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Through The Barricades
Through the Barricades
Through the Barricades
is the fifth studio album by Spandau Ballet. It was released in November 1986 by Epic Records. The album reached number seven and remained on the UK album chart for 19 weeks. It produced three UK hit singles: "Fight For Ourselves" (#15), "How Many Lies" (#34) and the band's final top ten hit, "Through the Barricades" (#6).[2] The song lyrics were inspired by love prevailing over the Troubles in Northern Ireland and the death of a member of the crew in the Troubles.Contents1 Reception 2 Track listing 3 Charts 4 ReferencesReception[edit] In a mainly critical review for AllMusic, Dan LeRoy claimed: "Rocking up Spandau Ballet's smooth white-boy soul, Through the Barricades manages to avoid utter disaster via the tuneful creations of songwriter/guitarist Gary Kemp." LeRoy argued "the production and mix prove the undoing of this effort
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Album
An album is a collection of audio recordings issued as a single item on CD, record, audio tape or another medium. Albums of recorded music were developed in the early 20th century, first as books of individual 78rpm records, then from 1948 as vinyl LP records played at ​33 1⁄3 rpm. Vinyl LPs are still issued, though in the 21st-century album sales have mostly focused on compact disc (CD) and MP3
MP3
formats. However, vinyl sales have been on the rise in recent years.[1] The audio cassette was a format used alongside vinyl from the 1970s into the first decade of the 2000s. An album may be recorded in a recording studio (fixed or mobile), in a concert venue, at home, in the field, or a mix of places. The time frame for completely recording an album varies between a few hours and several years. This process usually requires several takes with different parts recorded separately, and then brought or "mixed" together
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Epic Records
Epic Records
Epic Records
is an American major record label owned by Sony
Sony
Music Entertainment; a subsidiary of Sony Corporation of America, Inc.
Sony Corporation of America, Inc.
Epic was founded predominantly as a jazz and classical music label in 1953. It later expanded its scope to include a more diverse range of musical genres, including pop, R&B, rock and hip hop. The label has released albums by popular artists including Tammy Wynette, George Michael, Lamb of God, Cheap Trick, Meat Loaf, Stevie Ray Vaughan, Ted Nugent, Shakira, Sly & the Family Stone, Celine Dion, ABBA, Anastacia, Boston, Dave Clark Five, Gloria Estefan, Pearl Jam, Rage Against the Machine and Michael Jackson.[1] Along with Columbia and RCA Records, Epic is one of Sony
Sony
Music Entertainment's three main record labels
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The Troubles
State security forcesBritish Armed Forces Royal Ulster
Ulster
ConstabularyIrish Defence Forces Gardaí Irish republican
Irish republican

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Book
A book is a series of pages assembled for easy portability and reading, as well as the composition contained in it. The book's most common modern form is that of a codex volume consisting of rectangular paper pages bound on one side, with a heavier cover and spine, so that it can fan open for reading. Books have taken other forms, such as scrolls, leaves on a string, or strips tied together; and the pages have been of parchment, vellum, papyrus, bamboo slips, palm leaves, silk, wood, and other materials.[1] The contents of books are also called books, as are other compositions of that length. For instance, Aristotle's Physics, the constituent sections of the Bible, and even the Egyptian Book of the Dead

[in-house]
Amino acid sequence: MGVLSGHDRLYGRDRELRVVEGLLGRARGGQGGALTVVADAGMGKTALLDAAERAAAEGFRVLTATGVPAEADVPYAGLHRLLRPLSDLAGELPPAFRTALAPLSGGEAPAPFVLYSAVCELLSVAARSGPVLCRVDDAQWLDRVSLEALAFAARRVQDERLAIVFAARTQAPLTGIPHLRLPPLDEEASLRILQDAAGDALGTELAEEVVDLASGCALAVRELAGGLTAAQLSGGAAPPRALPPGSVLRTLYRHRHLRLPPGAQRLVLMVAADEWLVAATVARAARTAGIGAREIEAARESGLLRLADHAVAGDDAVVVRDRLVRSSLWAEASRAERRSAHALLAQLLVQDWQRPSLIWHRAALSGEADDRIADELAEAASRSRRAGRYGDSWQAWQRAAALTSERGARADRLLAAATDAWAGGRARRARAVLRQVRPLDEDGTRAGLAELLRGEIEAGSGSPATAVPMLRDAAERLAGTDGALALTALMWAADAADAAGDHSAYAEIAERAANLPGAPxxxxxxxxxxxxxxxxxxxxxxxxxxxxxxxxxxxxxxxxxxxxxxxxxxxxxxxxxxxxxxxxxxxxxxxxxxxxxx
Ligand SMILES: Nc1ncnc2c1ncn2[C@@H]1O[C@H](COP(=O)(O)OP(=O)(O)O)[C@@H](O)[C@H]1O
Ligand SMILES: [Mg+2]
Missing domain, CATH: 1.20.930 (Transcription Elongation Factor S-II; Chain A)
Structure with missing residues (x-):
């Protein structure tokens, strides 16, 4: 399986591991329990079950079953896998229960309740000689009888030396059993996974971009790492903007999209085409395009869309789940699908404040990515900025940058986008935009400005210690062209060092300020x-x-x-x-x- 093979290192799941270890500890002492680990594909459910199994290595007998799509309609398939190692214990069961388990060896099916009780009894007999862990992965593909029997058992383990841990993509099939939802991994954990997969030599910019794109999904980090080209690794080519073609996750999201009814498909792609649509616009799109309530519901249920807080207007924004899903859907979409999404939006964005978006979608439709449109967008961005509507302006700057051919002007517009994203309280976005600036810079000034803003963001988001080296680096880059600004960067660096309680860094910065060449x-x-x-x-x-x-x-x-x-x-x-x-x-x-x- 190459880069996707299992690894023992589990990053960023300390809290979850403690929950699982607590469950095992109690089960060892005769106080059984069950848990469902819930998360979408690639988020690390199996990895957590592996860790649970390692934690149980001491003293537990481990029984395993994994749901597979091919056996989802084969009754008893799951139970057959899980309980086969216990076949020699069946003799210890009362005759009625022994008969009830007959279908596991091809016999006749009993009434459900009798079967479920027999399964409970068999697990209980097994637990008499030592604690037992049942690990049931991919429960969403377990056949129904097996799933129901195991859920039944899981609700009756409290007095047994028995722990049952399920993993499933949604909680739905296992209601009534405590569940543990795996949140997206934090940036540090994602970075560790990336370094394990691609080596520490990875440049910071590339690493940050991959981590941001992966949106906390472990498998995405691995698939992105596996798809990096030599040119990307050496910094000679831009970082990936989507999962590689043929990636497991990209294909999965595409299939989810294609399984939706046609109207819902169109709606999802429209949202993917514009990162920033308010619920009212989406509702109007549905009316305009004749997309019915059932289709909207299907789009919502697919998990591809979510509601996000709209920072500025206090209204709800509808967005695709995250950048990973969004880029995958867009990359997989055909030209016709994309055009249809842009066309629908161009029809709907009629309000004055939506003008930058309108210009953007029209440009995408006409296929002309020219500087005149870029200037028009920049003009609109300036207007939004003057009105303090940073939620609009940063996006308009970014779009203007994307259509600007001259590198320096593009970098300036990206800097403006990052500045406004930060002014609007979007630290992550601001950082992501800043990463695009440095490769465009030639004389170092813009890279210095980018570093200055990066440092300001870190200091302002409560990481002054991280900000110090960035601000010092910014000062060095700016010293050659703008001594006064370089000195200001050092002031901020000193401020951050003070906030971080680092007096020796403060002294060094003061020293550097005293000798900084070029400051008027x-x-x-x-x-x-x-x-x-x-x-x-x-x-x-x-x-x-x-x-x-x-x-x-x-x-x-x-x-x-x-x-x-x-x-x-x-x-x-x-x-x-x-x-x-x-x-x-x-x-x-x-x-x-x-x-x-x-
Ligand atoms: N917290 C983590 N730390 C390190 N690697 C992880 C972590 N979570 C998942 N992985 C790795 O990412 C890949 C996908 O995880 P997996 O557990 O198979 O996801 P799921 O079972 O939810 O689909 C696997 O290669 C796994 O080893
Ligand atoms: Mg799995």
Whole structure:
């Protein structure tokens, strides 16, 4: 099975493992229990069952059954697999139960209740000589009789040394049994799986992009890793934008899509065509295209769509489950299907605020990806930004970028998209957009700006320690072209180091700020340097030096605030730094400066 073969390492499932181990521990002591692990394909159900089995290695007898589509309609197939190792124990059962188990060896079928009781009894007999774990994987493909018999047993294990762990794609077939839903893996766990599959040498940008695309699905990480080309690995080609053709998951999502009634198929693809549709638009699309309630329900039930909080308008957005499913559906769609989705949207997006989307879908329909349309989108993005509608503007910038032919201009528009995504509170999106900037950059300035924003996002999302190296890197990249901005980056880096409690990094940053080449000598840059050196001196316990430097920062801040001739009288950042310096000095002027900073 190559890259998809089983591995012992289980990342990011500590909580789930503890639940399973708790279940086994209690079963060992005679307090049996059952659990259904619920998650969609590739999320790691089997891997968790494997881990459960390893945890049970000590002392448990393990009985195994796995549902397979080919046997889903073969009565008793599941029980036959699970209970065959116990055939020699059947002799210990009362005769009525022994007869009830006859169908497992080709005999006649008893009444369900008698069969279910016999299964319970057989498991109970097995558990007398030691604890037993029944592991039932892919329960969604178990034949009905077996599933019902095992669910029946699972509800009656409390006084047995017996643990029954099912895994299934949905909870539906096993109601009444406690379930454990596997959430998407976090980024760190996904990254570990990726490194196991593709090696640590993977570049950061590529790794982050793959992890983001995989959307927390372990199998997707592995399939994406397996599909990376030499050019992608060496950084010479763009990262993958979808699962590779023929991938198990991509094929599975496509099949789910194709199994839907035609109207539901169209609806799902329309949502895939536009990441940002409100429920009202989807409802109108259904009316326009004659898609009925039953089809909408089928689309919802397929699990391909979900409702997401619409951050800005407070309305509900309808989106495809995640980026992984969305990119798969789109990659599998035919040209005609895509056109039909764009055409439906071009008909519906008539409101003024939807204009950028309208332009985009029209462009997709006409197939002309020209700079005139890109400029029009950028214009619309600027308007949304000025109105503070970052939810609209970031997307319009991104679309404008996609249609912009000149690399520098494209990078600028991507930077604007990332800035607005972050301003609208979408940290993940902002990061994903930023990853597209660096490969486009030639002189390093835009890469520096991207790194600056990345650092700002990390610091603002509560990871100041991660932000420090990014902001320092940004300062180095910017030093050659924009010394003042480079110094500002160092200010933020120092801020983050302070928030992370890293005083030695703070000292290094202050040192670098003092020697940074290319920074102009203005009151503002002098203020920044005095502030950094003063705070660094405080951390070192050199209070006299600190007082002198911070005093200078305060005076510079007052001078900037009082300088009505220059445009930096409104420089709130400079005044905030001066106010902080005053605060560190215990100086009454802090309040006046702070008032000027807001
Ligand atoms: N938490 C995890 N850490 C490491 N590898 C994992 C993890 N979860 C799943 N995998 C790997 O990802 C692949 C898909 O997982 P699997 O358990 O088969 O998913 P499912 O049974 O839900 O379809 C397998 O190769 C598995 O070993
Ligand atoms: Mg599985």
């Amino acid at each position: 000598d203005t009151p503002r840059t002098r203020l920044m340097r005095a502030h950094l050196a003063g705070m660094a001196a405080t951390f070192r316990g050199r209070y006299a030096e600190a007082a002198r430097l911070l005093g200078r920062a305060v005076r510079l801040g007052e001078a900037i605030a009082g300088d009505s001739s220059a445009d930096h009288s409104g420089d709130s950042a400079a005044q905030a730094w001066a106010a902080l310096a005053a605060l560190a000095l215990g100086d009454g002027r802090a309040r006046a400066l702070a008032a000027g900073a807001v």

Book of the Dead
are called books independently of their physical form. Conversely, some long literary compositions are divided into books of varying sizes, which typically do not correspond to physically bound units
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Special
Special
Special
or specials may refer to:Contents1 Music 2 Film and television 3 Other uses 4 See alsoMusic[edit] Special
Special
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Record Producer
A record producer or track producer or music producer oversees and manages the sound recording and production of a band or performer's music, which may range from recording one song to recording a lengthy concept album.[1] A producer has many roles during the recording process.[2] The roles of a producer vary. They may gather musical ideas for the project, collaborate with the artists to select cover tunes or original songs by the artist/group, work with artists and help them to improve their songs, lyrics or arrangements. A producer may also:Select session musicians to play rhythm section accompaniment parts or solos Co-write.[3] Propose changes to the song arrangements, and Coach the singers and musicians in the studioThe producer typically supervises the entire process from preproduction, through to the sound recording and mixing stages, and, in some cases, all the way to the audio mastering stage
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Sony Music Entertainment
Sony
Sony
Music Entertainment (known professionally as Sony
Sony
Music and abbreviated as SME) is an American music company owned by Sony
Sony
that is incorporated as a general partnership of Sony
Sony
Music Holdings Inc. through Sony
Sony
Entertainment Inc., a subsidiary of Sony
Sony
Corporation of America.[2] The company was first founded in 1929 as American Record Corporation and renamed Columbia Recording Corporation in 1938, following its acquisition by the Columbia Broadcasting System. In 1966, the company was reorganized to become CBS
CBS
Records
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Allmusic